Background In anticipation of the Protocol to Eliminate Illicit Trade in Tobacco Products (ITP) entering into force in 2018, there is a growing demand for information on track and trace (T&T) solutions for tobacco products. This article contrasts the efficacy of Codentify from the perspective of authentication with that of material-based multilayered security technologies.
Method To calculate the probability of detecting one fraudulent pack under Codentify, we relied on a modified Bernoulli trial experiment with independent repeated sampling without replenishment. The probability is calculated using a multinomial distribution formula adjusted for the fact that both legitimate and non-legitimate packs may be sold in the market.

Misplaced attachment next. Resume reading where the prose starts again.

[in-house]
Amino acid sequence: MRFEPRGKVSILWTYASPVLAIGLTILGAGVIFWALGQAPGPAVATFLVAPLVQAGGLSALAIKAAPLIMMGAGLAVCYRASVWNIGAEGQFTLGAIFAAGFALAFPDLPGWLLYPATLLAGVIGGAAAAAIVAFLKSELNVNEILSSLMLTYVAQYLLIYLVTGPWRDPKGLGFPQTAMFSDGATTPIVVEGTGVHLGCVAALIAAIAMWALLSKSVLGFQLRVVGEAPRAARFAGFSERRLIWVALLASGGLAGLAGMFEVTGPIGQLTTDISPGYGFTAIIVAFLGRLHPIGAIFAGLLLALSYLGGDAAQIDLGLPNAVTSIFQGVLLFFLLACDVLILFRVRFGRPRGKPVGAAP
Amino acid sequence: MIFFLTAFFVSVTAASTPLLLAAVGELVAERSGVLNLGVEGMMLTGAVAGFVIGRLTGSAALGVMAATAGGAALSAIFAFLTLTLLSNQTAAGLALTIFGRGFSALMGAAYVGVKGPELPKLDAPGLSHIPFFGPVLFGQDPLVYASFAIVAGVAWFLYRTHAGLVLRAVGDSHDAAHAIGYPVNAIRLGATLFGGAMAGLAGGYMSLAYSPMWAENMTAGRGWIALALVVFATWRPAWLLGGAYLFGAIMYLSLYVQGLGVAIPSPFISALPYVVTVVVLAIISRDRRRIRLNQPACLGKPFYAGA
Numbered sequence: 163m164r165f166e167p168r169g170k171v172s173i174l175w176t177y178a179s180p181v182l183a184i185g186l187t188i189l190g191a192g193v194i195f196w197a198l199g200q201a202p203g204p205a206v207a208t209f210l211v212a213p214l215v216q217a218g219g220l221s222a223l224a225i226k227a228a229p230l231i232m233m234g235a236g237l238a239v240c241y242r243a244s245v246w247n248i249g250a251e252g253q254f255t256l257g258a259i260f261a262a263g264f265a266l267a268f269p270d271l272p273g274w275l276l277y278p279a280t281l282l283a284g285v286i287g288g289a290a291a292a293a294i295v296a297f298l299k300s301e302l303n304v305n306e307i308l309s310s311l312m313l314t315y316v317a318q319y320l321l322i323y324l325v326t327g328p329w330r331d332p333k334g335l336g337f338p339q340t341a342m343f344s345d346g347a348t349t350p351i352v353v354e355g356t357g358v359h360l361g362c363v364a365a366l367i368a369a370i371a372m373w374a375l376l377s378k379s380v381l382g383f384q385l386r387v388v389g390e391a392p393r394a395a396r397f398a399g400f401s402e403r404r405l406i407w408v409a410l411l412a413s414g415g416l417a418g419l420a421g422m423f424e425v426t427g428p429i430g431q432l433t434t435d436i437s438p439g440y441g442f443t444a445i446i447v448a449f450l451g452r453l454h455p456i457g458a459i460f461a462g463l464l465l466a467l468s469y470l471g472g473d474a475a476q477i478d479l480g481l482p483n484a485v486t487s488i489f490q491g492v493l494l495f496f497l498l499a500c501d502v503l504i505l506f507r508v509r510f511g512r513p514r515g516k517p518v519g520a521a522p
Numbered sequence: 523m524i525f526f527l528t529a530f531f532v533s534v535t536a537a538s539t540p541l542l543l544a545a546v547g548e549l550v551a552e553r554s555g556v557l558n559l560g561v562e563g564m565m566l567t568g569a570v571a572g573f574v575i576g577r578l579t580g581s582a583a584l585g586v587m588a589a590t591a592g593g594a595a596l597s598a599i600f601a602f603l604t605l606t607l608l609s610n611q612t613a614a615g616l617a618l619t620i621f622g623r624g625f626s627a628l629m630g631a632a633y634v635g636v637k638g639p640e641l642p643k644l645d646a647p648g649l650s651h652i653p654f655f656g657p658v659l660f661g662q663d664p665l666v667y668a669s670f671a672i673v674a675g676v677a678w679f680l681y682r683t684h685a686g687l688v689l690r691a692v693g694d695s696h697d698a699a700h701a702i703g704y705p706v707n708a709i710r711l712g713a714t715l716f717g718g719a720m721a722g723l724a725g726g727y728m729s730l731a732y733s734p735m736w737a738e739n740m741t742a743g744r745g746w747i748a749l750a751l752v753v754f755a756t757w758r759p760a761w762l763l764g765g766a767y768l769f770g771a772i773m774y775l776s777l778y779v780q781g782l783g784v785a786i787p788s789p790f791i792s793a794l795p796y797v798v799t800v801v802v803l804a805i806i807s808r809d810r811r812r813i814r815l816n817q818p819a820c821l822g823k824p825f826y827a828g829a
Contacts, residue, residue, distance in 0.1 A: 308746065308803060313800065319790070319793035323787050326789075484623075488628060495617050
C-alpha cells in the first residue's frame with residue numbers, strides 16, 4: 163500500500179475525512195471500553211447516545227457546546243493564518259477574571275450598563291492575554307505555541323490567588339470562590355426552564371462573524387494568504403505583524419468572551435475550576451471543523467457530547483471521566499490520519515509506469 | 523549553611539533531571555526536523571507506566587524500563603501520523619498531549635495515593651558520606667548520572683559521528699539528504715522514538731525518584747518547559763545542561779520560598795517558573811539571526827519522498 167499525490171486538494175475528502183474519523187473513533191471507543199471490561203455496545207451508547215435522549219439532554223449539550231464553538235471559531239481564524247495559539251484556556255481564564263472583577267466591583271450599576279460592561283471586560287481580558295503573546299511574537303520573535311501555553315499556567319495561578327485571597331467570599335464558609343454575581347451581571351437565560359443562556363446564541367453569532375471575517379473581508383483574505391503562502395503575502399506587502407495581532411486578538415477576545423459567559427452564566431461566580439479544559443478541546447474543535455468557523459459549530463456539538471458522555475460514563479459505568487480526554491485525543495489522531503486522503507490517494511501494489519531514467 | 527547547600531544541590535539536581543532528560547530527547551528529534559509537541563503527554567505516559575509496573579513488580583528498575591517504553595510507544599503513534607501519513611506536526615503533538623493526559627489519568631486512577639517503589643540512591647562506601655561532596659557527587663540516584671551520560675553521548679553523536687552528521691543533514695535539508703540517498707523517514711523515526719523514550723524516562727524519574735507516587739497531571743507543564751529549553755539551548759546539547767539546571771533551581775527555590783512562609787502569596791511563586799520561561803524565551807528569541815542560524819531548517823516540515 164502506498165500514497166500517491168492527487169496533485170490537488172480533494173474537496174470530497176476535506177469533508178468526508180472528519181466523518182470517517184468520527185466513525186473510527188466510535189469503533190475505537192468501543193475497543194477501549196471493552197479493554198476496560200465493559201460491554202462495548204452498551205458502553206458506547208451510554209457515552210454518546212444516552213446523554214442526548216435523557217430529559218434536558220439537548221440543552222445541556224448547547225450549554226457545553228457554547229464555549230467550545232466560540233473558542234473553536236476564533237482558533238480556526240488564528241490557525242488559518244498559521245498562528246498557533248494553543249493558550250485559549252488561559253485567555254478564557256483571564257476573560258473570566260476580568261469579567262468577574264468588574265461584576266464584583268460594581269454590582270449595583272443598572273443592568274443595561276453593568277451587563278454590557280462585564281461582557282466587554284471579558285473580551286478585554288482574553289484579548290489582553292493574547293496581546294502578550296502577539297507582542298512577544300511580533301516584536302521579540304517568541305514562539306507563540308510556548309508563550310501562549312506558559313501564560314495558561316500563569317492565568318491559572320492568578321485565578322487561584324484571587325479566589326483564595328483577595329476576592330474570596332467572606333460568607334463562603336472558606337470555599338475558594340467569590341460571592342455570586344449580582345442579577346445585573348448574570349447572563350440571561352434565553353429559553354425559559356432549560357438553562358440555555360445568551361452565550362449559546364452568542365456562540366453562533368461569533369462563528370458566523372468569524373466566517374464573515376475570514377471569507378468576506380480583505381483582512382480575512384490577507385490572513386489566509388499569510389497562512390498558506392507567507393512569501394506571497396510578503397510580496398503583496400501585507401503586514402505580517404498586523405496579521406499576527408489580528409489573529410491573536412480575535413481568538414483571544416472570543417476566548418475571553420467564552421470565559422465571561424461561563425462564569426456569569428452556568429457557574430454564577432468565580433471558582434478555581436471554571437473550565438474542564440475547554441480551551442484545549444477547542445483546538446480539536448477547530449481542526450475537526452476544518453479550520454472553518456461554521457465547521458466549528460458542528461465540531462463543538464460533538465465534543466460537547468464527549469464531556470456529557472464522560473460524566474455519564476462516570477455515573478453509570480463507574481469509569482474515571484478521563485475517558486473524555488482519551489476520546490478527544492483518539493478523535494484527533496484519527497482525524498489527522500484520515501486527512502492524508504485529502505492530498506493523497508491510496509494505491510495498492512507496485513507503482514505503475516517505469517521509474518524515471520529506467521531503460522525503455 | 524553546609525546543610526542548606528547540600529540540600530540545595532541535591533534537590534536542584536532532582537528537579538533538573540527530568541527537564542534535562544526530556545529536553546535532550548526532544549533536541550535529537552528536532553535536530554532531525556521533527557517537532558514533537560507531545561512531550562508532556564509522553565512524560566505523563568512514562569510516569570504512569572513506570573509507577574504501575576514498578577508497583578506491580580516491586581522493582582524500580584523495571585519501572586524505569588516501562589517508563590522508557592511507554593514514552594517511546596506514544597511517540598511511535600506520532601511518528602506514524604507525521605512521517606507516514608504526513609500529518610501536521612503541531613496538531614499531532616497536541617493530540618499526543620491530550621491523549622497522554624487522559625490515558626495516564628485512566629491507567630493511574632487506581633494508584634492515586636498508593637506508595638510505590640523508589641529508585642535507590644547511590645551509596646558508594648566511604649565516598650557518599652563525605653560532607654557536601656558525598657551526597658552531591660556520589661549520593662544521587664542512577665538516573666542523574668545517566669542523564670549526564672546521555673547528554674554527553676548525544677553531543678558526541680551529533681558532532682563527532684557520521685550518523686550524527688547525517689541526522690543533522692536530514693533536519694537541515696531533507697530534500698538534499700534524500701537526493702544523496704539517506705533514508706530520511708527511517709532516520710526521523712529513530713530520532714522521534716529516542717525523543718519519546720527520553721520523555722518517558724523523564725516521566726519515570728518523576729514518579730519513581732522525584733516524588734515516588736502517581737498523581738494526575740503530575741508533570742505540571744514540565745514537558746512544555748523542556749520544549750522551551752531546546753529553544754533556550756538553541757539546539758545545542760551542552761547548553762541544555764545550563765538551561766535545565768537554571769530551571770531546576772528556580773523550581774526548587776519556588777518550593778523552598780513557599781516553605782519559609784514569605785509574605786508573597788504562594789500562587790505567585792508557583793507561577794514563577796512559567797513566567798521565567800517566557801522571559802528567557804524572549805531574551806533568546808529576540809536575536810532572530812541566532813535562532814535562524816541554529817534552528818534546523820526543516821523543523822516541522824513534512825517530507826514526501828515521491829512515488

Results In a relatively small market, a law enforcement authority would have to inspect over 27 000 (almost 31 000) packs per week to have a 90% (95%) certainty that it did not miss a fraudulent pack under the Codentify system. A material based T&T solution would require only 45 (59) pack inspections a week to have the same level of confidence.
Conclusions This study demonstrates the inefficiency of Codentify compared to other solutions that incorporate material-based security features. Signatories to the ITP should reject Codentify due to both its low efficacy and its clear violation of the ITP’s requirement that T&T shall not be performed by or delegated to the tobacco industry or its front groups.
- illicit trade protocol
- track and trade
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